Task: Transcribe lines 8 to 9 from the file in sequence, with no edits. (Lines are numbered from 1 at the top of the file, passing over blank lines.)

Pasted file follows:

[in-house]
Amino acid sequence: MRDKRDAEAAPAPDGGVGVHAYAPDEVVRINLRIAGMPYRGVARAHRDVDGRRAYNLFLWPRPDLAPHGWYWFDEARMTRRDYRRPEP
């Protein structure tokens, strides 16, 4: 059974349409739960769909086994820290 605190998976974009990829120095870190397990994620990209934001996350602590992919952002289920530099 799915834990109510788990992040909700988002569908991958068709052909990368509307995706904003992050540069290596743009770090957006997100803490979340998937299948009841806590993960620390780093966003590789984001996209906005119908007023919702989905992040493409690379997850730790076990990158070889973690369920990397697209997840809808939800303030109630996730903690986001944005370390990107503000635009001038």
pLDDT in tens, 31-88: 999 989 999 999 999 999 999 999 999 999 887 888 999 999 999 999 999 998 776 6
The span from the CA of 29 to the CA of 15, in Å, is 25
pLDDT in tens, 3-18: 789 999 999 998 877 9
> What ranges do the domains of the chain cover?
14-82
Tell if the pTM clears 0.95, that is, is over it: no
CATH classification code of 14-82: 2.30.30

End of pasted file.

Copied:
14-82
Tell if the pTM clears 0.95, that is, is over it: no